The lifetime cumulative risk of developing a human papilloma virus (HPV) infection is at least 80%. HPV infection has been shown to cause cervical cell abnormalities that serve as precursors to dysplasia and cancerous changes. This project aimed to evaluate the HPV vaccination screening process at Wesley Women’s Clinic (WWC) in order to increase the number of patients who are offered the HPV vaccine.METHODS:
We retrospectively reviewed well-woman visits and postpartum visits at WWC for women ages 20-26 from January through February 2017. Only non-immune patients (have not received any HPV vaccination) were included. Cases were assessed to determine whether clinicians discussed the HPV immunization, recommended the HPV vaccination, and whether it was administered.RESULTS:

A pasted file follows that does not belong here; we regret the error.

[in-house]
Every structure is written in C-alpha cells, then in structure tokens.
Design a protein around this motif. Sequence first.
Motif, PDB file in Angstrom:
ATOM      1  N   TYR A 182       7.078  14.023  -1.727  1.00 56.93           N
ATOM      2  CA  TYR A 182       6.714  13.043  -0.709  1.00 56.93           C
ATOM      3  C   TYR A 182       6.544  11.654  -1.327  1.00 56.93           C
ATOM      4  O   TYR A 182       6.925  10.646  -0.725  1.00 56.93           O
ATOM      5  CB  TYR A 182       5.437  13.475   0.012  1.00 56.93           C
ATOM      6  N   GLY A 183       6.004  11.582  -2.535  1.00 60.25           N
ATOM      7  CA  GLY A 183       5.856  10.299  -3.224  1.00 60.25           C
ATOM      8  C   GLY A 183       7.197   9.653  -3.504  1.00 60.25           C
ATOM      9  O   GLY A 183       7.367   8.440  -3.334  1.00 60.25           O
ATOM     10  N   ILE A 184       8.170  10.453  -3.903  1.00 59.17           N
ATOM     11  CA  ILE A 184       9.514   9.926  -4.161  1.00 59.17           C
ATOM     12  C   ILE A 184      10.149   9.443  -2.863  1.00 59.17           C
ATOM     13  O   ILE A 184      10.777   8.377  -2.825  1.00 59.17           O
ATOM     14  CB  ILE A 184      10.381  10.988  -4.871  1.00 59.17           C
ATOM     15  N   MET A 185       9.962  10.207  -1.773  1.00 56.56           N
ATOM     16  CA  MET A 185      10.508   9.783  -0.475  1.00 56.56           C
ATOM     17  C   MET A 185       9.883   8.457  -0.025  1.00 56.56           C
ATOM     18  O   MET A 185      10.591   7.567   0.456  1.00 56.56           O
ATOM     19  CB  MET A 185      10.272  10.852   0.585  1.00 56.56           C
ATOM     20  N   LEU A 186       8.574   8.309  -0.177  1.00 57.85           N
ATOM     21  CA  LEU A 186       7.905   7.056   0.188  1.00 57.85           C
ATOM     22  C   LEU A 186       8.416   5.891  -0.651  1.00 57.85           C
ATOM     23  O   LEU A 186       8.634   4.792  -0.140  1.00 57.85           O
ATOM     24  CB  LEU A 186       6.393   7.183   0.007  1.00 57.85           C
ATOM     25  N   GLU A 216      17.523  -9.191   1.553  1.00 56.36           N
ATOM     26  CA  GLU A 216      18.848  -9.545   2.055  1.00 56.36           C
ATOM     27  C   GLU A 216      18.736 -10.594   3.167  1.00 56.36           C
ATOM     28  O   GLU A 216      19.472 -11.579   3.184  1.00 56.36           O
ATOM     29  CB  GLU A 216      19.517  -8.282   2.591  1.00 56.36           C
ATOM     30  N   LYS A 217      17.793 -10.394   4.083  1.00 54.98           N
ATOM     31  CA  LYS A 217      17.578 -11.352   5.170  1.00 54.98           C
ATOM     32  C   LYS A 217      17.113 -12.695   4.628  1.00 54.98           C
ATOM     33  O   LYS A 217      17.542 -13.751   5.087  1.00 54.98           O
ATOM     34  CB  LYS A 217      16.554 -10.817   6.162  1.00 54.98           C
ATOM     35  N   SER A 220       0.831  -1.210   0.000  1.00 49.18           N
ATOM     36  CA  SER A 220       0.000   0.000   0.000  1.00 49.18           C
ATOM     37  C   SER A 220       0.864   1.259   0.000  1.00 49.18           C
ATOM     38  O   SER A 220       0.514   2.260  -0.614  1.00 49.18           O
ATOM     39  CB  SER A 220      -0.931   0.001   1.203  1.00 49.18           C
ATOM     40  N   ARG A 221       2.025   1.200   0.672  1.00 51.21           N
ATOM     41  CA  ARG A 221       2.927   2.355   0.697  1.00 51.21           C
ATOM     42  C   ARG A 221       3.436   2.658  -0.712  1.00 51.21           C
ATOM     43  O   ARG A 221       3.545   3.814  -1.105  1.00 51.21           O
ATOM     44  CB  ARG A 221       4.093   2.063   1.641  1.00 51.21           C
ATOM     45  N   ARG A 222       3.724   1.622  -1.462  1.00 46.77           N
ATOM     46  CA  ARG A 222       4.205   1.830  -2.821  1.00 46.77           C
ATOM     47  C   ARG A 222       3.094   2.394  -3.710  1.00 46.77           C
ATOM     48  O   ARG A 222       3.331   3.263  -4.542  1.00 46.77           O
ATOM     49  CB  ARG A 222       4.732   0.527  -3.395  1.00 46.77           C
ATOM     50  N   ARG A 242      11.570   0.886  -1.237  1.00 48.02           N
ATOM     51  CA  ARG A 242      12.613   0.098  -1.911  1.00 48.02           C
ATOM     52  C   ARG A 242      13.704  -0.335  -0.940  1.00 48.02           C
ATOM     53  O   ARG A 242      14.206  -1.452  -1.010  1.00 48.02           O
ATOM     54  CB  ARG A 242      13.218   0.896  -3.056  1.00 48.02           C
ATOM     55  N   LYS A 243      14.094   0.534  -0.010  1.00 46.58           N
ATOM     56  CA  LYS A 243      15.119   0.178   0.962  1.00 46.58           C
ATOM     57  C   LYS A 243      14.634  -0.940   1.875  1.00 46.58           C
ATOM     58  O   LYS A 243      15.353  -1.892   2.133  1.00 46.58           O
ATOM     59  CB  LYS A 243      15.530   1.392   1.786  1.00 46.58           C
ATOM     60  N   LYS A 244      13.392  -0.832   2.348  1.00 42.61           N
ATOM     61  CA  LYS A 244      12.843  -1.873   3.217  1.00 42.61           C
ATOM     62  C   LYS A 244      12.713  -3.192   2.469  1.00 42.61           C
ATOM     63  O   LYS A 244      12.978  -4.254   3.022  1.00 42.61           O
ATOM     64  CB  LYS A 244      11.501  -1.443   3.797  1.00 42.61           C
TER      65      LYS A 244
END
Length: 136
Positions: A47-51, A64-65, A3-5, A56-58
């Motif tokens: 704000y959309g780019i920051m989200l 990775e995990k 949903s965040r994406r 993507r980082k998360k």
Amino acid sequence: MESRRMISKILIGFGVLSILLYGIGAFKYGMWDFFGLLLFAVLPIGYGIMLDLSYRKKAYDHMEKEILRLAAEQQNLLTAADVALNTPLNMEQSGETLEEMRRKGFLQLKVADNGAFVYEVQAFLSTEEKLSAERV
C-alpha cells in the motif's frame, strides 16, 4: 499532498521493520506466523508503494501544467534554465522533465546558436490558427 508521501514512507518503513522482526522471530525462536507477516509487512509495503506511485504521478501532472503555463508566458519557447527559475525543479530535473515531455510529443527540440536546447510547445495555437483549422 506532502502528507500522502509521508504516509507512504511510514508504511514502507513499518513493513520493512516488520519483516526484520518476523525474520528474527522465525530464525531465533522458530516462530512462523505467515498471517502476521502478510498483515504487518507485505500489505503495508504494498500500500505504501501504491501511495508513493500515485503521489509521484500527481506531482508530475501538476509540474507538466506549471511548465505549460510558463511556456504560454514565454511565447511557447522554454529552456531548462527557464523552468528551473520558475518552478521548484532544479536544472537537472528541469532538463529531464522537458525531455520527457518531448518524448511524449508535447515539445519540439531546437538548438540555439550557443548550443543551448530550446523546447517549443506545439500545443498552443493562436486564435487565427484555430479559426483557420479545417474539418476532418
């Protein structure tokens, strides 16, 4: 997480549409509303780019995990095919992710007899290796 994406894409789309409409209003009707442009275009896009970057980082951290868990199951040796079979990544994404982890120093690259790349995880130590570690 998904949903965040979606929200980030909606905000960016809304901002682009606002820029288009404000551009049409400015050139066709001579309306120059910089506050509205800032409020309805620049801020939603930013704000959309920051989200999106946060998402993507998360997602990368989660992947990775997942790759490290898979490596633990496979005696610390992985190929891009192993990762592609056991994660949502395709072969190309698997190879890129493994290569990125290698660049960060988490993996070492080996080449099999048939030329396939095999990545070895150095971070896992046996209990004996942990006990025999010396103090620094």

Of 48 patients reviewed, 36 were included. The majority of the patients (52.8%, n=19) were seen for a postpartum visit, and mean age was 22.9±2.14 years old (range: 20-26). Eight (22.2%) patients had the HPV vaccination discussed at their appointment. Six (16.7%) patients were offered vaccination. Two (5.6%) patients declined the vaccine before the physician offered vaccination. Four (11.1%) patients received a HPV vaccination dose. When vaccination was discussed, it was not administered to 50% (4/8) of patients due to inability to afford the vaccine and patient refusal.CONCLUSION:
HPV vaccination is poor due to lack of physician discussion at routine health maintenance visits and patient refusal. Steps to improve HPV vaccination rates include modifying the electronic medical record to include a vaccination history on the postpartum visit template, and creating a well-woman exam visit template.